Lambert Stether blogs at Corrente.
Yet another market where the rule of law doesn’t apply. Check out the video from RNN:
From the transcript:
MICHAEL GREENBERGER, UNIVERSITY OF MARYLAND SCHOOL OF LAW: But there’s another problem here, and that is some of these participants—and I’m not saying who they are, but I’m sure there are enough there doing this that they are adversely affecting the price—are actually not just swamping the markets with investments, but they’re working with each other to drive the price up. That is a criminal problem. That is called criminal manipulation of the price. And that is why the president of the United States has now twice asked the Justice Department, once in April 2011 and once in March 2012, to please, please investigate these markets to see if there is criminal wrongdoing.
We had one remedial process fail by Wall Street lobbying, and that is limiting speculation to a reasonable part of the market. And the second part is failing because of prosecutorial laxity, which is going after people who are criminally working with each other to drive the price up. And the quickest way—within a matter of weeks, if there were a serious investigation undertaken, if the FBI was called in, if records were subpoenaed, if market participants were interviewed and the Justice Department at least gave an indication, as they did when they went after the Enron conspirators in the early 2000s, that they were serious about this, just the appearance of a serious investigation would cause the criminal speculators to scatter like cockroaches scatter when lights are turned on.
Hahahaha. Like a “serious investigation would ever happen.” This is Obama we’re talking about.
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See also “The Food Bubble” back in 2010:
[Goldman et al.] kept on buying and buying and buying and buying and accumulating this unprecedented, this historically unprecedented pile of long-only wheat futures. And this accumulation created a very odd phenomenon in the market. It’s called a “demand shock.” Usually prices go up because supply is low, right? That’s the idea. There’s not a lot of supply, so the price goes up. In this case, Goldman and the other banks had introduced this completely unnatural and artificial demand to buy wheat, and that then set the price up. … Let me tell you, hard red wheat generally trades between $3 and $6 per sixty-pound bushel. It went up to $12, then $15, then $18. Then it broke $20. And on February 25th, 2008, hard red spring futures settled at $25 per bushel. This is completely beyond the pale, particularly at a —-
JUAN GONZALEZ: Almost ten times its historic price.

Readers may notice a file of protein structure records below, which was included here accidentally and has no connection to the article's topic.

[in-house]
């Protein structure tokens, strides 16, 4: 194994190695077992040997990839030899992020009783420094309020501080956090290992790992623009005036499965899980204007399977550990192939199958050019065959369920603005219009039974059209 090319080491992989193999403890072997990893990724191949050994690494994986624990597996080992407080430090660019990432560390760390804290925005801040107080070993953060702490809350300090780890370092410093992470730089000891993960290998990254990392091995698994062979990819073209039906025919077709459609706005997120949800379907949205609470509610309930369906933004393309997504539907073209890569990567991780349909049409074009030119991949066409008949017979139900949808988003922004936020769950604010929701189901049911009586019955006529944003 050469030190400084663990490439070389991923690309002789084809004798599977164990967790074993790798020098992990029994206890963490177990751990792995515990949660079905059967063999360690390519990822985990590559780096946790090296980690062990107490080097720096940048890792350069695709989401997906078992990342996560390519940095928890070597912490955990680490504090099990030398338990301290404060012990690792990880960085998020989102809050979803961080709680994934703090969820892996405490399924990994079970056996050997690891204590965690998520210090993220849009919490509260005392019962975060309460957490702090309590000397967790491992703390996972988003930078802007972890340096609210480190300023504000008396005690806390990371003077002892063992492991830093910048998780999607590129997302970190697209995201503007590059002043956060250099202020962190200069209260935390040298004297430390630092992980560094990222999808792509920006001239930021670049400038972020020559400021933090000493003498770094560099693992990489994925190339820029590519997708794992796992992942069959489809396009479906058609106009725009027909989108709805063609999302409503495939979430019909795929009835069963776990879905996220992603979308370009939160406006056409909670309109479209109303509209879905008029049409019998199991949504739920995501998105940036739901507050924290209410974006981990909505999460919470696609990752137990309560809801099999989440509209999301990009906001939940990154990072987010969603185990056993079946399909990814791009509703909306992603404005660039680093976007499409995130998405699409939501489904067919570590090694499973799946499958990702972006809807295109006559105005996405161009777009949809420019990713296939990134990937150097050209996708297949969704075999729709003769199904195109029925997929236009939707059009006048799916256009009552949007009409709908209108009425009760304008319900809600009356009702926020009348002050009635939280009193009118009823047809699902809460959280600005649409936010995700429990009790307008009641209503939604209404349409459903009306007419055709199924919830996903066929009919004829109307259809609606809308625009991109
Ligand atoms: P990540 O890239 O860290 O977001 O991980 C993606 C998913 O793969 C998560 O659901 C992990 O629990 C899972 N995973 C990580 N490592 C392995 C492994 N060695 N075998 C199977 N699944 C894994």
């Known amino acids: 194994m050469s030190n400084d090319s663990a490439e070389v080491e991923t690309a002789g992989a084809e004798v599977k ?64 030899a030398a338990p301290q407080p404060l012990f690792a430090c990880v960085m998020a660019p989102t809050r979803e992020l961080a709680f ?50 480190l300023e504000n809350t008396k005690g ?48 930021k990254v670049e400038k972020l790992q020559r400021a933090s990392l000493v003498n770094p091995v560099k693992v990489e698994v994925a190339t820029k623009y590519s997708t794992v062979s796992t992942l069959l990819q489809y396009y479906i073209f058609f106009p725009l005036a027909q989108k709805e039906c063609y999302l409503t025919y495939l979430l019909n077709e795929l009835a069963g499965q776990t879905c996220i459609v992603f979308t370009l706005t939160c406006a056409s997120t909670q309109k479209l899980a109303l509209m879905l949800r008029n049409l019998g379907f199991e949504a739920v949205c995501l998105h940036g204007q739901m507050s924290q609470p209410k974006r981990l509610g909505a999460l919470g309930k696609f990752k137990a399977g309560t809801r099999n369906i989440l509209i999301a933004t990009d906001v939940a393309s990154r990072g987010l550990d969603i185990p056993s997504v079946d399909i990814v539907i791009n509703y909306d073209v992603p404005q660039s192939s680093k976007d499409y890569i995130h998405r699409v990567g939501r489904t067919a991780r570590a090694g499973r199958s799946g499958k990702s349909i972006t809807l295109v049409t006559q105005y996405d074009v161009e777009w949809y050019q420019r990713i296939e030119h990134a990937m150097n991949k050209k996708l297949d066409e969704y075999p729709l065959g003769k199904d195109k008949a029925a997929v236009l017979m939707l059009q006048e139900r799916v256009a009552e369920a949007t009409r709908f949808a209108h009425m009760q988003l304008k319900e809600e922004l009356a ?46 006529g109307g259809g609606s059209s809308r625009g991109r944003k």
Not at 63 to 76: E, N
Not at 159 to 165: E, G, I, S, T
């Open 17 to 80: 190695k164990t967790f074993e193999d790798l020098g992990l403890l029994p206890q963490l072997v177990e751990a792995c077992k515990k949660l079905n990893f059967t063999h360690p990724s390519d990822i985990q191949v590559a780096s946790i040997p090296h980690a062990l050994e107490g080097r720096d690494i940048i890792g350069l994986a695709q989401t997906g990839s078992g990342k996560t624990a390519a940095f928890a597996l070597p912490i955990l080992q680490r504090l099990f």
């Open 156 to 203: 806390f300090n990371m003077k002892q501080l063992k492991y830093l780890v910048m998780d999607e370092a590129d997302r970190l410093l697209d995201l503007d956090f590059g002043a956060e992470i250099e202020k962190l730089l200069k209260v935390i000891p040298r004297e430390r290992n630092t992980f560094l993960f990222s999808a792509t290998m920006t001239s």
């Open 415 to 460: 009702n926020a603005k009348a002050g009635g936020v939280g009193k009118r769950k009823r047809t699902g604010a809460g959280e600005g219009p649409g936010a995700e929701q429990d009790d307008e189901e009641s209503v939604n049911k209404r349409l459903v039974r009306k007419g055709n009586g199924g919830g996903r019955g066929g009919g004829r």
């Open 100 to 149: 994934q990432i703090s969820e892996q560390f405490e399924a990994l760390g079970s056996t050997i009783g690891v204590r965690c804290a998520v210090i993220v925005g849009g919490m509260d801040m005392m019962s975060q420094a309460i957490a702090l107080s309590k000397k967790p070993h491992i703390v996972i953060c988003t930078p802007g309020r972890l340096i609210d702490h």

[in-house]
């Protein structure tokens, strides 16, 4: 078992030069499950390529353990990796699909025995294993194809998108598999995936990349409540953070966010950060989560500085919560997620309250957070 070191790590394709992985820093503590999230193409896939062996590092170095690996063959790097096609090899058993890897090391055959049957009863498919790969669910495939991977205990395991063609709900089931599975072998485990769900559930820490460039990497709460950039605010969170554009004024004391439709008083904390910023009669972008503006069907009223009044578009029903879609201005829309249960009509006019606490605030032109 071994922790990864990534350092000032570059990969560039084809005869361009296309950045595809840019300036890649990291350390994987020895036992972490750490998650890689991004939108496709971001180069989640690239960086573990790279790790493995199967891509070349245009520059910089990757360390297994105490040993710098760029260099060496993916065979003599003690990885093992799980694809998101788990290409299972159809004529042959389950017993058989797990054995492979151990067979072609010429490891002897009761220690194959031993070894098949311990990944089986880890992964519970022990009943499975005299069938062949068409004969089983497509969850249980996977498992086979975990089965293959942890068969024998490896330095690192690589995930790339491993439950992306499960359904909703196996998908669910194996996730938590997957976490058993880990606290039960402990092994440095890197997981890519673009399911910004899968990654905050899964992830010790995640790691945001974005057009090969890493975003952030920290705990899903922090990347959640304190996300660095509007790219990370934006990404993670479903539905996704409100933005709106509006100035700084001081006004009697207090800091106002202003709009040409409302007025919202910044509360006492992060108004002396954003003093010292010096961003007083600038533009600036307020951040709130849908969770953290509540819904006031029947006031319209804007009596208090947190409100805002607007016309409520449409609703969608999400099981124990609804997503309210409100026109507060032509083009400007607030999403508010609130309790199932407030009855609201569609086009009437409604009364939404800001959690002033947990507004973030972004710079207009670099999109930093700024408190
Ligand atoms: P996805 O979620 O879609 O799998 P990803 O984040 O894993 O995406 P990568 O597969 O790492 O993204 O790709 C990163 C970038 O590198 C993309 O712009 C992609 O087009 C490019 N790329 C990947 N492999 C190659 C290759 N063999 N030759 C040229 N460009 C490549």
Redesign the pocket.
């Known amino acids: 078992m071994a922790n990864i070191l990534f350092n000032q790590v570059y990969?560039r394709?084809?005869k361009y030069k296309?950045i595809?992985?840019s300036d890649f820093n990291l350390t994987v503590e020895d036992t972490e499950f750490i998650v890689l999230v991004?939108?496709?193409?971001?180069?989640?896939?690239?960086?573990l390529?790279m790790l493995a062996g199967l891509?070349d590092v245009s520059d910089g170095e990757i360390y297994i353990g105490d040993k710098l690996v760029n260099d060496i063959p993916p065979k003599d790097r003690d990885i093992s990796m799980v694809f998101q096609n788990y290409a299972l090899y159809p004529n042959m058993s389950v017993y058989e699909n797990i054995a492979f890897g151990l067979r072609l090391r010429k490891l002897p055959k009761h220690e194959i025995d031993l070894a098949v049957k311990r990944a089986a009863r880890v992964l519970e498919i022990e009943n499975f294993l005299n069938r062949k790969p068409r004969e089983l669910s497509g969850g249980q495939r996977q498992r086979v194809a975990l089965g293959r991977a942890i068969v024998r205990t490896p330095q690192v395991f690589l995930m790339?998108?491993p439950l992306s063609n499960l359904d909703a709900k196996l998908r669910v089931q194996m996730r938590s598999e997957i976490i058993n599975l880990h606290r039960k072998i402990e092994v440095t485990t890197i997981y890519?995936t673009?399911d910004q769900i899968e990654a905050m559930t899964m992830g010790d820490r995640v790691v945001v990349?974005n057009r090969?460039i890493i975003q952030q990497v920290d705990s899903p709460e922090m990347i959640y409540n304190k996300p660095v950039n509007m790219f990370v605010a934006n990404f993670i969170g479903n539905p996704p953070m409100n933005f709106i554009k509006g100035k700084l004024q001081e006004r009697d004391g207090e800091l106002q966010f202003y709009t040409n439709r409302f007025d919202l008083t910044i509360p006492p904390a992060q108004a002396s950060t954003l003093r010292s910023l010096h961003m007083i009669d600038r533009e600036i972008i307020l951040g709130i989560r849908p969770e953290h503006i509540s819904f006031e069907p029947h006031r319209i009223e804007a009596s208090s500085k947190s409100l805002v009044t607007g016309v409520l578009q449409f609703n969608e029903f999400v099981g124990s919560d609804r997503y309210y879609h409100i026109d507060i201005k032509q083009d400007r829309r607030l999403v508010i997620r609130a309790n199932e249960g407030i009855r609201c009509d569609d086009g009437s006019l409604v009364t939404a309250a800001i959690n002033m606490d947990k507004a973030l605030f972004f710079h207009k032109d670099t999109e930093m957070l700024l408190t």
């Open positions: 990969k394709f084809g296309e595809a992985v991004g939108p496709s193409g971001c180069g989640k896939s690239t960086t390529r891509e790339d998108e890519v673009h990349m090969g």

FREDERICK KAUFMAN: Yeah. It was just completely out of control. And, of course, the irony here is that in 2008, it was the greatest wheat-producing year in world history. The world produced more wheat in 2008 than ever before. … [Eliding material about "replication."]
JUAN GONZALEZ: And the result was, as the price went up, that there were food riots around the world.
FREDERICK KAUFMAN: Yeah.
JUAN GONZALEZ: And what about the human dislocation that occurred?
FREDERICK KAUFMAN: Yeah, in 2008, there were food riots in more than thirty countries. The global price of food rose over 80 percent. This had an effect not only on wheat, but on corn, on soy, on cooking oil, on rice. You know, people talk about globalization. “We don’t need to set prices or have tariffs, because we’re globalized. You know, people can buy their wheat, anyway.” Well, gee, guess what happened. … You had hunger. You had a disaster. You had a global disaster, because, remember, in America, we’re spending maybe 15 percent of our weekly paycheck on food, right? I mean, maybe you remember, a couple years ago, why was that dozen eggs so expensive? Why was that milk so expensive? Why was that meat so expensive? That’s 15 percent. For most people on the earth, they’re spending more than 50 percent of their daily income on their daily bread. And when their daily bread moves up 80 percent, they’ve just moved right into the ranks of the food insecure. And it was not only in Burkina Faso. This was in America. You had 49 million hungry families in America. You had one out of five children in America at soup kitchens. You had a million hungry people in Los Angeles.
So, I mean, it is unconscionable that Wall Street has completely lost touch with the reality. They’ve forgotten that there is their mathematical formula, there’s virtuality, on the one hand — “Gee, I can make a lot of money by making a formula” — and on the other hand, there’s reality. There are real things that they are affecting, and they’ve completely forgotten about it, to devastating effect.
Forgotten? Did they ever know?